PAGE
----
By Oliver Lazenby
Blaine school district staff is working through a training course called Signs of Suicide (SOS), a national program aimed at preventing youth suicide by providing information about warning signs, risk factors and mental health needs.
All district staff will eventually take the 90-minute training; many already have.
“We’ve trained a wide range of staff groups starting in late August, and this will be continuing through the fall,” said school district superintendent Ron Spanjer. “We’re committed to working through all our staff groups with this.”
A national nonprofit called Screening for Mental Health created the program, and the Washington state Office of Superintendent of Public Instruction endorses it.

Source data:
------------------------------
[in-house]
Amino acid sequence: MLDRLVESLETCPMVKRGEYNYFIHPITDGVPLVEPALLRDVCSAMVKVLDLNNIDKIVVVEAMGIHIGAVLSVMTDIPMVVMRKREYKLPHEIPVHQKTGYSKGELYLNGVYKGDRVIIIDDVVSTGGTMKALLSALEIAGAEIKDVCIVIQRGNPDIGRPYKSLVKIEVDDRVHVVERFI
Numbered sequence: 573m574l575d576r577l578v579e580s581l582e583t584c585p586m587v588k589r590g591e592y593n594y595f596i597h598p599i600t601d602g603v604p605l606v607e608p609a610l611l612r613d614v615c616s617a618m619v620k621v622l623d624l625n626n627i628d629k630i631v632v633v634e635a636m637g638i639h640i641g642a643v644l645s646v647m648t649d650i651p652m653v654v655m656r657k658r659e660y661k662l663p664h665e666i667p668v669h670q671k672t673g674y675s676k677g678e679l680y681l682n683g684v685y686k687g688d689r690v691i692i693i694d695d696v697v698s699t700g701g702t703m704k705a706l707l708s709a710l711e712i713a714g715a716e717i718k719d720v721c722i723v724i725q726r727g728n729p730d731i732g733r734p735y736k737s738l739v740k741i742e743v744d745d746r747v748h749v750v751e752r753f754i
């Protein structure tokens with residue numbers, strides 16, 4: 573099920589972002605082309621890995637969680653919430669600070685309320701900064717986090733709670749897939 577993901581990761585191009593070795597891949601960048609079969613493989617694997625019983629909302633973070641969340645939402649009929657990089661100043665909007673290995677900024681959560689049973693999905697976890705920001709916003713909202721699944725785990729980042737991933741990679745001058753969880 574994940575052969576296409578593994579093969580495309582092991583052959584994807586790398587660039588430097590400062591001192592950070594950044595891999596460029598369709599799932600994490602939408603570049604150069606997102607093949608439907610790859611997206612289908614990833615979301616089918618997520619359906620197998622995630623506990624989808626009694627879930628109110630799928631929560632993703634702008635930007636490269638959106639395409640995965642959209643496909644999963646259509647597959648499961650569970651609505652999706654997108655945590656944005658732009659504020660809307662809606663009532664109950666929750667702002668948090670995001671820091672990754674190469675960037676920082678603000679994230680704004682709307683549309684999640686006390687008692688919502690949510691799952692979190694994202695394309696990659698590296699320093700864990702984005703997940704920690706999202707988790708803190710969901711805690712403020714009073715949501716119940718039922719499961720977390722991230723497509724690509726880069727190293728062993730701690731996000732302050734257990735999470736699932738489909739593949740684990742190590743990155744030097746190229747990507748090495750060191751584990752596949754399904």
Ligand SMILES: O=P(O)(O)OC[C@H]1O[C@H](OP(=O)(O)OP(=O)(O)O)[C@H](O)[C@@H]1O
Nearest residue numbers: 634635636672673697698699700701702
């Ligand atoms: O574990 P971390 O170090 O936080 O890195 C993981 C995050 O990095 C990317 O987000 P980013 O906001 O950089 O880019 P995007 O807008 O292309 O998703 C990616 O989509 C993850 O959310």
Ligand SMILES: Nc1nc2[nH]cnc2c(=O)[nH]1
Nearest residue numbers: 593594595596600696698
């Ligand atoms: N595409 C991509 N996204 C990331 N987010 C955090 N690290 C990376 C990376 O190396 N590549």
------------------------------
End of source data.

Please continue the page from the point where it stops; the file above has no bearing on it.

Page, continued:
In the 2016 Healthy Youth Survey, 28 percent of Blaine 10th grade respondents and 30 percent of 12th grade respondents said they had considered suicide in the past year (in each class, less than 40 percent of students answered the question; the survey’s authors say that if less than 40 percent respond, the results “are likely not representative.”
The SOS program includes a 50-minute prevention lesson for seventh and ninth-grade health classes. These lessons will include an exit ticket asking students if they need to talk to someone about their mental health or a friend’s. Mentalhealthscreening.org calls the SOS program unique in that it combines educational curriculum with a brief screening for depression.
Notes will go out to inform parents before students take the course, Spanjer told the Blaine School Board at an October 22 meeting.